The approach to take will depend on your personal circumstances, what you prefer for your pet/s, and their needs.  

Some simple + valid options to consider for the long-term care of your Pet/s under your Will are as follows.  

✅ You can make a gift of you Pet/s to a trusted family member, after you have discussed it with them and they have agreed to take on the responsibility.

✅ Provide for an alternative, Plan B, trusted friend or family member, just in case.

✅ In addition, it would be wise to give a sum of money (legacy) in your Will to the actual recipient of your Pet/s to cover your conservative estimate of your Pet/s lifetime reasonable living, maintenance and anticipated healthcare costs based on your experience.

✅ Alternatively you could gift your Pet/s to a registered pet charity, rescue charity or pet shelter such as the RSPCA to be re-homed or adopted by another pet-lover.

✅ Ensure you get the name of the charity or shelter 100% correct, and provide for an alternative as a backup just in case.

✅ If you have more than one Pet, consider whether you want them kept together.

✅ Clearly communicate everything to your Executor/s so they can work quickly to ensure your Pet/s are kept as safe and comfortable as possible at a time which will be difficult for them as well as for all concerned.

Testamentary Pet Trust
[Legal Assistance Highly Recommended]

✅  Alternatively, you can establish a Testamentary Pet Trust for the care and maintenance of your Pet/s during their lifetime.

✅  Under such arrangements the trustee holds the money for the benefit of the named Pet/s.  

✅  When the Pet/s die, the trust is wound up and distributed according to the directions made in the Will, which might be to an animal charity or elsewhere.

✅  While this approach provides increased certainty that your allocated funds will be devoted to the long-term care of your Pet/s, it is also more costly to administer.  

✅  Choice of trustee is important.

✅  Someone trusted to carry out the terms of your trust, preferably independent and experienced, needs to be appointed in the Will as trustee for this purpose.

Some Pets can live up to 100 years or more …

Certain species of animals like turtles, koi fish + birds (e.g., parrots) can live up to 100 years or more.  

❌ In most state and territories of Australia (except South Australia) the life of a Trust is a maximum 80 years;

✅ if your Pet/s could outlive the useful life of the Testamentary Pet Trust, it becomes crucial that you seek legal advice in order to create a specific plan for what is to occur if your Pet/s outlive the Trust established for its long-term care.

Don't give your Pets more than they need!

❌ Any gift well in excess of your Pet/s actual needs, opens the door to the possibility that your Will might be challenged by eligible beneficiaries.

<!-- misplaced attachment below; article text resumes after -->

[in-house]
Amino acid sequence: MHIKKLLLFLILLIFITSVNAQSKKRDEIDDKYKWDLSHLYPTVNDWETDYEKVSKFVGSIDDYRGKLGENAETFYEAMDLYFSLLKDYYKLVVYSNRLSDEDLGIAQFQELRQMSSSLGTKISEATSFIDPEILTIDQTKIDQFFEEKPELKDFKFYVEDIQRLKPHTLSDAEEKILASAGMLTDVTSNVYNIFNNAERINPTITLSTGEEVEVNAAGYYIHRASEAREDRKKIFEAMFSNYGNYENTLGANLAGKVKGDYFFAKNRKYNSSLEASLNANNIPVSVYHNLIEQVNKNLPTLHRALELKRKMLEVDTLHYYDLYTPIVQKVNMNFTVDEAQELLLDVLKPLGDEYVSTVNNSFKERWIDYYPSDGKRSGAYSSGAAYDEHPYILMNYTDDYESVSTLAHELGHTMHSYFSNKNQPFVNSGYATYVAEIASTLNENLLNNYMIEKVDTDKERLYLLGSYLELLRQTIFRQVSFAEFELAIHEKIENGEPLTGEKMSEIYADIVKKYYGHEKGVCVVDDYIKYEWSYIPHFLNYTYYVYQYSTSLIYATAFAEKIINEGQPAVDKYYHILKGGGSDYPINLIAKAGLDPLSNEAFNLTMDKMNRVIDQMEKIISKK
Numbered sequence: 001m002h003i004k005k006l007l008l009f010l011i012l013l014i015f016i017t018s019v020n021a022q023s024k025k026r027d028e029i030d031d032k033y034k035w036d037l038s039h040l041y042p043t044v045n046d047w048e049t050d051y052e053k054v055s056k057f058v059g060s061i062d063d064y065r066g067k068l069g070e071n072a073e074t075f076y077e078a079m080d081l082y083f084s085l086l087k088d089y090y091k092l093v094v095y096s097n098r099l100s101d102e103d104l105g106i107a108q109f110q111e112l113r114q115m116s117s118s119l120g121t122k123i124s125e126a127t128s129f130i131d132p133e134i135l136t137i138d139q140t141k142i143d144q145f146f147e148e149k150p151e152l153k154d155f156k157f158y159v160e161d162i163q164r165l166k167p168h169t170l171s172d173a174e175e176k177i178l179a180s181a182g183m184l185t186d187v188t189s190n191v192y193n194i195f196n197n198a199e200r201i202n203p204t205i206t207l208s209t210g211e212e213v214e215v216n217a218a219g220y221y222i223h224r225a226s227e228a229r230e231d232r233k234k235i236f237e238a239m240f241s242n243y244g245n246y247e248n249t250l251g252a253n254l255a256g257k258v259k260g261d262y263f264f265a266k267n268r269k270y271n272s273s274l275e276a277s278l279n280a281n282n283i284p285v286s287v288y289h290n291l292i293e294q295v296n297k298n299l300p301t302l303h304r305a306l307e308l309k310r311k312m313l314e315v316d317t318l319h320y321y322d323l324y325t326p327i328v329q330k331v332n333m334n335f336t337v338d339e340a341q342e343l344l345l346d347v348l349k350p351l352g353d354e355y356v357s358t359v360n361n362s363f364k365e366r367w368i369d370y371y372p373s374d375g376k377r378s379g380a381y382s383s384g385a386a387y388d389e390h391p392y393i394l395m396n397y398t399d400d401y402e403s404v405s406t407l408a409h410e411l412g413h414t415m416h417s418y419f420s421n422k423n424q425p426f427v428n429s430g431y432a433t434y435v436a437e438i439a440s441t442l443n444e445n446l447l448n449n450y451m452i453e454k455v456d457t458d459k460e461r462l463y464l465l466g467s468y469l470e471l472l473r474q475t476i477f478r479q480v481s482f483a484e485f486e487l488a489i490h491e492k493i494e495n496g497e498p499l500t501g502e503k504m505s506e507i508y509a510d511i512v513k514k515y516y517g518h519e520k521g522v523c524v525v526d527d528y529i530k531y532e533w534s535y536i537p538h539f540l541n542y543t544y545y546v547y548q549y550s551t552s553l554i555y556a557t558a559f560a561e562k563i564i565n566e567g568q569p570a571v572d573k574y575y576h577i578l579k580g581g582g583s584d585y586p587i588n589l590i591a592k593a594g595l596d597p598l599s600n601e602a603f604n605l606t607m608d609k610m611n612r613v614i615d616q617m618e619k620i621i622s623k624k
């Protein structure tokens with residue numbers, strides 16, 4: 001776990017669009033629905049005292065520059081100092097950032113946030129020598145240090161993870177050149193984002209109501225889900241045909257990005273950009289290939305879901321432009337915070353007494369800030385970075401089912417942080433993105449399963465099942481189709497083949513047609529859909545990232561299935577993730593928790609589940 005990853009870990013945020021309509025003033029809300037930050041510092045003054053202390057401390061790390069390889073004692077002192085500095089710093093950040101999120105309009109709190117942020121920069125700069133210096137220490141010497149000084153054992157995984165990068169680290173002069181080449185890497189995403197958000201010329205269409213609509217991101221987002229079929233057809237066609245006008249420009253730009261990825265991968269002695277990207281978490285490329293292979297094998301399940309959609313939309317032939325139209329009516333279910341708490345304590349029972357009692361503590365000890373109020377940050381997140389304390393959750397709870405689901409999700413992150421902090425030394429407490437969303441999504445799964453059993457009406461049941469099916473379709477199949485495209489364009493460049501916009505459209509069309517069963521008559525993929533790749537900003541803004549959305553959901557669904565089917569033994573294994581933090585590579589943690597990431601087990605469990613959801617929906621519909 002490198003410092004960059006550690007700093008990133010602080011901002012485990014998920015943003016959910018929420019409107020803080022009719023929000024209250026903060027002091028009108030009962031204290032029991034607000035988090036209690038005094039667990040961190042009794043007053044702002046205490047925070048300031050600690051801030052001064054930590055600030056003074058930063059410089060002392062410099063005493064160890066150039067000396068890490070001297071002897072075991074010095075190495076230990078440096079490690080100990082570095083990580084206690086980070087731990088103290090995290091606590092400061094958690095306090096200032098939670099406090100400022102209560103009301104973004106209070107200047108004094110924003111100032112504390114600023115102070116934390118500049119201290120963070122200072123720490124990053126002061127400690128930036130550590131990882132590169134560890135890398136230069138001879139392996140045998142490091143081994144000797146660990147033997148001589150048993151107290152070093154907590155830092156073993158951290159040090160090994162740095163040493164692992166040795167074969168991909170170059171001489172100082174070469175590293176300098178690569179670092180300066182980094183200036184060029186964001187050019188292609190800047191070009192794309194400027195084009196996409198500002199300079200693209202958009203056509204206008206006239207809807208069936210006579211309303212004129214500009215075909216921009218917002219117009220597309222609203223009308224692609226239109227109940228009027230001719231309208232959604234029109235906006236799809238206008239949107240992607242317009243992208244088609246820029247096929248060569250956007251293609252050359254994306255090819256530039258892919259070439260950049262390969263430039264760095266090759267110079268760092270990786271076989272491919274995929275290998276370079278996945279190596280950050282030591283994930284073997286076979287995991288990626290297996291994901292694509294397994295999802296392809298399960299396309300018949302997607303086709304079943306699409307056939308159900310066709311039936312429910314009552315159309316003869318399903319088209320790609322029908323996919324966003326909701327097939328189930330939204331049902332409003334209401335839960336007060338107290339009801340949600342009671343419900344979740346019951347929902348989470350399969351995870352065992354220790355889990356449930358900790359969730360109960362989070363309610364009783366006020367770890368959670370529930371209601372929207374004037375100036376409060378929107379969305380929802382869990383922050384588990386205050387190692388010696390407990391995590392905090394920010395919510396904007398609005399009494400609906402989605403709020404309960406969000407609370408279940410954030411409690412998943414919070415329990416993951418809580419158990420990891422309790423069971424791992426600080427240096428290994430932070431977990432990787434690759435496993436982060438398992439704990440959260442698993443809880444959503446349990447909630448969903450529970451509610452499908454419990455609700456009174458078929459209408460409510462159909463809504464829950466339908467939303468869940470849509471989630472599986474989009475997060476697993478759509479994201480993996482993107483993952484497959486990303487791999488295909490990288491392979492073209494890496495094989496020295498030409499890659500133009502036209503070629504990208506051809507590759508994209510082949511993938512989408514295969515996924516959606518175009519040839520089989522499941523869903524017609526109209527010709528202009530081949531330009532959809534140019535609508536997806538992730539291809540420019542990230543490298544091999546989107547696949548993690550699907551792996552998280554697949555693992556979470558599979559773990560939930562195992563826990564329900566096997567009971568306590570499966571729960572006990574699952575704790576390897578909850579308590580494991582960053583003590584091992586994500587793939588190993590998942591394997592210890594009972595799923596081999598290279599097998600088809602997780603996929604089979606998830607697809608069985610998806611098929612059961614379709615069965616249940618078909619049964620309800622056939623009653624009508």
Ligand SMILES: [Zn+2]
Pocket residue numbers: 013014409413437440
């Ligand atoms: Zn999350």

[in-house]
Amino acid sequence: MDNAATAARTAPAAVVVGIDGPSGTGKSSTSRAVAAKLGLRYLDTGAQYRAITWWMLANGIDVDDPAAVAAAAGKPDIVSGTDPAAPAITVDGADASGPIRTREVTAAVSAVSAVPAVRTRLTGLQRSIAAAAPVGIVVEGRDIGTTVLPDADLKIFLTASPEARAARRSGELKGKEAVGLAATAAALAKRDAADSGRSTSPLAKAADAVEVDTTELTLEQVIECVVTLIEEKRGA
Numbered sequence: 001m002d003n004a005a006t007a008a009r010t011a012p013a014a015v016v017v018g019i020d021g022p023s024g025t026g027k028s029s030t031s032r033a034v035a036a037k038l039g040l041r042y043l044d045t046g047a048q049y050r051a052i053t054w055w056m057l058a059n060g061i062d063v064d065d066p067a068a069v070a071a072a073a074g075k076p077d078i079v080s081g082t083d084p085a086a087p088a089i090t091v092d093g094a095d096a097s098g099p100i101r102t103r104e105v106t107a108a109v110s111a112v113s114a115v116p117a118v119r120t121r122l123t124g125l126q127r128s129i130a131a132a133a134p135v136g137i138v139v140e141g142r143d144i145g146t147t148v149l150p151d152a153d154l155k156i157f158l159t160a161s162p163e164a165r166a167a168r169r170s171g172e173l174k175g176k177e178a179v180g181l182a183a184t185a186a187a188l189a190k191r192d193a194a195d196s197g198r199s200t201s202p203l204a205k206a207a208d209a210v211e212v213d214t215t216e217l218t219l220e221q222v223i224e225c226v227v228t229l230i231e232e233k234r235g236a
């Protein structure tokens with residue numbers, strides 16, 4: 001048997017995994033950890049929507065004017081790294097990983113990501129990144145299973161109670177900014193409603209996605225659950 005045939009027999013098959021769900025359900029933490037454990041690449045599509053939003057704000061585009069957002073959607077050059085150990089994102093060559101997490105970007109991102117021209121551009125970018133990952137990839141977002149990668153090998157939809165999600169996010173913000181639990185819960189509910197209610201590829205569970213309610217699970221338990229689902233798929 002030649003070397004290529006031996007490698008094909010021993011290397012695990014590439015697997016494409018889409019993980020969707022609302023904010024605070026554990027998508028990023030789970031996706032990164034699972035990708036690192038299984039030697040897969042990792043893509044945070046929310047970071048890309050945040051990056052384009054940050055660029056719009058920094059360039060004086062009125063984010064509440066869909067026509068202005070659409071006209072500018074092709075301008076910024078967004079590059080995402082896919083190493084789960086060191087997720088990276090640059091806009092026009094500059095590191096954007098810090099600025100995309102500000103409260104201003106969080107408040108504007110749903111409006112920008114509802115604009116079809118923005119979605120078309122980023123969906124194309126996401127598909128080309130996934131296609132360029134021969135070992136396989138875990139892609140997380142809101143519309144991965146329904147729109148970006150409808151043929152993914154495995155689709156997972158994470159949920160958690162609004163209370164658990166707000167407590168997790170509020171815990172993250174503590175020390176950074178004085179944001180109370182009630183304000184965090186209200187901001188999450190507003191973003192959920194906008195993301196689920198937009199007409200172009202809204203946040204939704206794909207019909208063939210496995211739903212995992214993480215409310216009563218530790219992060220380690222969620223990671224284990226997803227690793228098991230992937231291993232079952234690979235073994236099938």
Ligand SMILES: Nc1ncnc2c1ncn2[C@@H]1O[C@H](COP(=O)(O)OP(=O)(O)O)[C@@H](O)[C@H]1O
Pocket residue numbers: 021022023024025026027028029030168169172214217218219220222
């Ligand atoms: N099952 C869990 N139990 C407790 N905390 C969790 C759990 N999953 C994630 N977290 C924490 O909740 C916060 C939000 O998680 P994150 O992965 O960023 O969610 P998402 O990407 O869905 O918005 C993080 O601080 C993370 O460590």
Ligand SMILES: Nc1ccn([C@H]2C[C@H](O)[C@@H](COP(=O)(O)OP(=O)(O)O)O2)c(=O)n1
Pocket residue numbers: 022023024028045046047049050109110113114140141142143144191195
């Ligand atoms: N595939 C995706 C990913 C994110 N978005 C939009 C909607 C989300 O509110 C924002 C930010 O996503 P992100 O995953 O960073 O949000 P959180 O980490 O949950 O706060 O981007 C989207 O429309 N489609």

NSW Case example[1]:

No Pets were involved.

The Will disinherited eligible beneficiaries, instead giving everything to the RSPCA.

Mr. Simpson left his entire estate via his Will to his second wife, and in the alternative should she pre-decease him, to the RSPCA.  

Nothing was left to his three children from his first marriage.

As it transpired, his second wife pre-deceased him, so everything went to the RSPCA.  

The estate after sales of all estate property amounted to a total of $397,453.58 in cash.

The three children from Mr. Simpson's first marriage successfully contested the Will under family provision legislation and were awarded 40% of the estate after legal costs.

❌ Leaving everything to an animal charity (or any other charity) is not wise where there are children, family and others who may be eligible to make a family provision claim on your estate.

❌ The wasted legal costs paid out of the estates in this case were circa $50,000.

What if you make no special arrangements for your Pet/s?

Your pets are your property so if you make a Will and don’t make any specific arrangements for them, they will form part of your residuary estate.

Whoever you have designated to inherit the residue of your estate will then be entitled to take ownership of your Pet/s.  

If you have not spoken to your residuary beneficiaries, it may be unclear which beneficiary is to take care of which Pet/s.

❌ It is not difficult to foresee the potential for further disputes arising!

Companion Animal Law Guide: 2nd Edition ➲ Compiled by the Young Lawyers, Animal Law Committee of the Law Society of NSW

Hard copies can be found in the NSW State + Local Libraries or you can view/download the online guide via the Resource Link provided at the following State Library of NSW webpage: Companion Animal Law Guide New South Wales.  

Footnotes:
[1]. Marshall & Ors v Redford [2001] NSWSC 763

Further Reading:

For a more detailed discussion please refer to our blog article “Your Pets are Family: Providing Emergency + Long-Term Care for your Furry, Fluffy or Fine-Feathered Friends!"  by James D. Ford GAICD | Principal Solicitor, Blue Ocean Law Group℠.